InoCardia Simulated Hearts for Testing Drugs

Female in a lab next to a microscope

When drugs are developed to treat a particular disease or for human use purposes they sometimes have side effects that cause damage to the heart. Occasionally these dangerous side effects are only recognised after the drug has been marketed & taken by thousands of people. This is a significant risk to human health and is costly to the pharmaceutical industry when a dangerous product is withdrawn from market.

Pioneering work by experts in our Centre for Applied Biological and Exercise Sciences is creating a revolutionary solution to this problem. Our scientists have developed a new way – using real human heart tissue – an improved assessment of cardiovascular liability associated with drug/chemical-induced changes in heart contractility that is more predictive than existing assays. This assay could save thousands of lives and improve the quality of treatment for endless others.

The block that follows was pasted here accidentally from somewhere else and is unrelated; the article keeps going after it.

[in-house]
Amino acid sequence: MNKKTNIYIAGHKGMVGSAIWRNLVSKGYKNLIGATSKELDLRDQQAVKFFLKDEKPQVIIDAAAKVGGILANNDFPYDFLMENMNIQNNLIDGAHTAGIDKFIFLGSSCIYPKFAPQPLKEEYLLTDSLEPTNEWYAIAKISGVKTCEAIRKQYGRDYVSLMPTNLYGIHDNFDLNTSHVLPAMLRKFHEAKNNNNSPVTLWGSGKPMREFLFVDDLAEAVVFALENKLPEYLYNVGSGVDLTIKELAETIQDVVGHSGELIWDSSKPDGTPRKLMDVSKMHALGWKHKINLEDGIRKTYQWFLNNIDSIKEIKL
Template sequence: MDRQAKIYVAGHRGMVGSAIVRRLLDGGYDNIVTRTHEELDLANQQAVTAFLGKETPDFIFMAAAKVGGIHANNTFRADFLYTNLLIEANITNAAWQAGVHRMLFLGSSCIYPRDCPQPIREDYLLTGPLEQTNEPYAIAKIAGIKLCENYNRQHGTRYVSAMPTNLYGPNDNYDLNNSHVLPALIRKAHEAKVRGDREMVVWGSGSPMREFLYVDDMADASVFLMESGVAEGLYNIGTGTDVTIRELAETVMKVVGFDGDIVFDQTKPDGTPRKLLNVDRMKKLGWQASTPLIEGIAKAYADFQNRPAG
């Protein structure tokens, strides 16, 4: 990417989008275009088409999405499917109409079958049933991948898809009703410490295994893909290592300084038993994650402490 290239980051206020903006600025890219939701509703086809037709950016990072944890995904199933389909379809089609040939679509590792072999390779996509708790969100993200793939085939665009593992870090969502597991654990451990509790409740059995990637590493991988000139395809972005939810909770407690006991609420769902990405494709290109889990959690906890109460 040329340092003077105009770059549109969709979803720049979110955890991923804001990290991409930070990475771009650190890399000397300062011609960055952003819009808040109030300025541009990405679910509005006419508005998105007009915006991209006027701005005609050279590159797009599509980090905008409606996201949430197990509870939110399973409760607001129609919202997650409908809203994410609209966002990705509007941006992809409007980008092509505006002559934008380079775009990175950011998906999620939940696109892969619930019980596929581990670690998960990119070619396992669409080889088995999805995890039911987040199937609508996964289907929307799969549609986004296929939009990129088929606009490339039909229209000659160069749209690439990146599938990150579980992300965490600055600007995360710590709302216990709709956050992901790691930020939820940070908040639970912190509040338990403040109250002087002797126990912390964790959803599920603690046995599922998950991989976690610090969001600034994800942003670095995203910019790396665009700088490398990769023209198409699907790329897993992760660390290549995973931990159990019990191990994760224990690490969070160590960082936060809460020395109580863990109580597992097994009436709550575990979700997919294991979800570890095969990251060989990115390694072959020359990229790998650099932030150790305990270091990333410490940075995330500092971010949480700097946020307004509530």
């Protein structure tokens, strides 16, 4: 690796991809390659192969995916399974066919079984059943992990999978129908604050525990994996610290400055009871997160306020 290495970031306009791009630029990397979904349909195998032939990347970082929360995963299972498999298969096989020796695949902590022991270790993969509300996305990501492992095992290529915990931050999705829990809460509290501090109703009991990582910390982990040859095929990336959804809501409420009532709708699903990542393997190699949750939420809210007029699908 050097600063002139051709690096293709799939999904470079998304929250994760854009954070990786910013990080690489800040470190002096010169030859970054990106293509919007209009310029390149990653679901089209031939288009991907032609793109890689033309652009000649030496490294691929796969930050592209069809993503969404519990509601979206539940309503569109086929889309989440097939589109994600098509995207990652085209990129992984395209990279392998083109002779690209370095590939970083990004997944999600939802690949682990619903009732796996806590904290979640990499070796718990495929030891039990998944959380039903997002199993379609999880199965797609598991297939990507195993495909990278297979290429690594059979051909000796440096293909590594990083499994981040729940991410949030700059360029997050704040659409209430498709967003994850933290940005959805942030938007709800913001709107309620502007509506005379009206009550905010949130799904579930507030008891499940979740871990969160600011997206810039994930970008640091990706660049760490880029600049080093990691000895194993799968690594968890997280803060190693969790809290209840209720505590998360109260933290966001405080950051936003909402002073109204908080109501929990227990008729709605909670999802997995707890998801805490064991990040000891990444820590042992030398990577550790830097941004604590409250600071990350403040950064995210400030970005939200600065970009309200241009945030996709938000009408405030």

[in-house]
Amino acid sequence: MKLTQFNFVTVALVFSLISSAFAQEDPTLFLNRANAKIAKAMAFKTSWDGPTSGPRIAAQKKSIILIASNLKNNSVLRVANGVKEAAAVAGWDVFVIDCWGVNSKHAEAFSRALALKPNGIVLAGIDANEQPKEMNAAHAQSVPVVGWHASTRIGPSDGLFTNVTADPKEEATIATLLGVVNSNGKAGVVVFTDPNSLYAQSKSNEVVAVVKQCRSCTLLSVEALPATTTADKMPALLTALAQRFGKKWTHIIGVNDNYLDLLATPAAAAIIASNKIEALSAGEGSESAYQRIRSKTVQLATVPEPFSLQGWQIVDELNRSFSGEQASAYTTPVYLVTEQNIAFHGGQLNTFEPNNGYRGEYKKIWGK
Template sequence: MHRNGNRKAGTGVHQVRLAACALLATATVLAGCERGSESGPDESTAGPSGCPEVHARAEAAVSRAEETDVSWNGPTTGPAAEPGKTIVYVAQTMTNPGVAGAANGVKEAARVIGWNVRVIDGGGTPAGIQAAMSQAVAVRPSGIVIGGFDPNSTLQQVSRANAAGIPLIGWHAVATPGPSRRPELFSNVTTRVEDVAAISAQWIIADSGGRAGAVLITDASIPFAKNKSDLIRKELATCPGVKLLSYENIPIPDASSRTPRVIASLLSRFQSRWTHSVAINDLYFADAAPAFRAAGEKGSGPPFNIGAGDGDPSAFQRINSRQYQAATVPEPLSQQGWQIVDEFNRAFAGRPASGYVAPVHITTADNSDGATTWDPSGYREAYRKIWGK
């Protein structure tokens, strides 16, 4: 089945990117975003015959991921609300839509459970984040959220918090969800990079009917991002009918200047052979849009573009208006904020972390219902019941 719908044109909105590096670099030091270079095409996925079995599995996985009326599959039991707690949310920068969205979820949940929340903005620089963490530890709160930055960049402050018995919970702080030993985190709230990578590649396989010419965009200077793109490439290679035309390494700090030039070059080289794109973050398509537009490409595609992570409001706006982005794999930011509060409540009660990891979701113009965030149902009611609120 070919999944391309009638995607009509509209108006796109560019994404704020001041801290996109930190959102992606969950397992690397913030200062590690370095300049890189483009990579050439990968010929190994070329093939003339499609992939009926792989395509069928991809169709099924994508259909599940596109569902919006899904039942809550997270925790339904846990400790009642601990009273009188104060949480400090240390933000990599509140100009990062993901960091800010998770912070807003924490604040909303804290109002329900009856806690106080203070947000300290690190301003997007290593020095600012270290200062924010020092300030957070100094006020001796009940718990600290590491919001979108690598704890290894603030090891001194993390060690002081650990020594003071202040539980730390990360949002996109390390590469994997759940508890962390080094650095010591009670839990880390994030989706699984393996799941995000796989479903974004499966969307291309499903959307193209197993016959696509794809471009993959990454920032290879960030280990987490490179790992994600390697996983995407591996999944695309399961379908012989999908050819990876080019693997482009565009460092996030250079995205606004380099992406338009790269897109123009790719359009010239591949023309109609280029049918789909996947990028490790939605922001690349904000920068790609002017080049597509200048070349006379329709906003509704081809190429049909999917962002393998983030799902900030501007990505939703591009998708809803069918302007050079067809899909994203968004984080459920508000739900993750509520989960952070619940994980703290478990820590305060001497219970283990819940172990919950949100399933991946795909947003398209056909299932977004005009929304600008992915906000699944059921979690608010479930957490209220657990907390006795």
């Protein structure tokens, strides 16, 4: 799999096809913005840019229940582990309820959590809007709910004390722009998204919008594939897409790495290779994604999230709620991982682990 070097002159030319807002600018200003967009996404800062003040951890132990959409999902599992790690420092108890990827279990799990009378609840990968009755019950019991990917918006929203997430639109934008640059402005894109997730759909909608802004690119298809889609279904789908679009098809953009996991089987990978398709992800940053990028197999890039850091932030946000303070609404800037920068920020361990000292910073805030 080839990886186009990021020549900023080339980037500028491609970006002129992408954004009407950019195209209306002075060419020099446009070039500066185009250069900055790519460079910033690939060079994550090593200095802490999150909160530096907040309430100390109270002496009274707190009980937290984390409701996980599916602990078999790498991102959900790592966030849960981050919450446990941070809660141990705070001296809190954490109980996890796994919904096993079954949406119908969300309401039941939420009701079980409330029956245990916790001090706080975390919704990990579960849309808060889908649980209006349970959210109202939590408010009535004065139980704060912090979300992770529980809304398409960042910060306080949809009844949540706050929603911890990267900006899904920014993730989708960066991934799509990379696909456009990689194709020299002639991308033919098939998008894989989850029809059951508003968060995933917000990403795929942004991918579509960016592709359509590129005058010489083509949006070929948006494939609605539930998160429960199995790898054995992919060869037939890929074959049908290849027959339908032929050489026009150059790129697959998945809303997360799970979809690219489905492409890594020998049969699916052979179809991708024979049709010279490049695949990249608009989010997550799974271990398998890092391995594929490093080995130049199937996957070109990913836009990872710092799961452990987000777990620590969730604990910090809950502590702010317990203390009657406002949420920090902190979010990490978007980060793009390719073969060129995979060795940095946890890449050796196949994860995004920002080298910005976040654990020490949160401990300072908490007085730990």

The breakthrough technology simulates – in laboratory conditions – the action of a pumping heart by using a specimen of heart tissue stimulated by electrical impulses.

When trial or experimental drugs are added to the tissue, the simulated heart will predict any adverse effects they may have by measuring the contraction of the muscle. It’s a method that could only previously have been carried out on living people or animals.

This simulated cardiovascular contractility system – known as a work-loop assay – provides the most realistic model of heart muscle dynamics in the world to date, and opens up unprecedented possibilities for identifying negative effects of drugs early and inexpensively, potentially saving lives and speeding up the development of successful drug treatments.

In a medical field fraught with expensive and failed pharmaceutical trials, the research could open the door to safer and dramatically accelerated drug discovery programmes whose cost-saving potential could be passed on to healthcare providers and consumers in the future.

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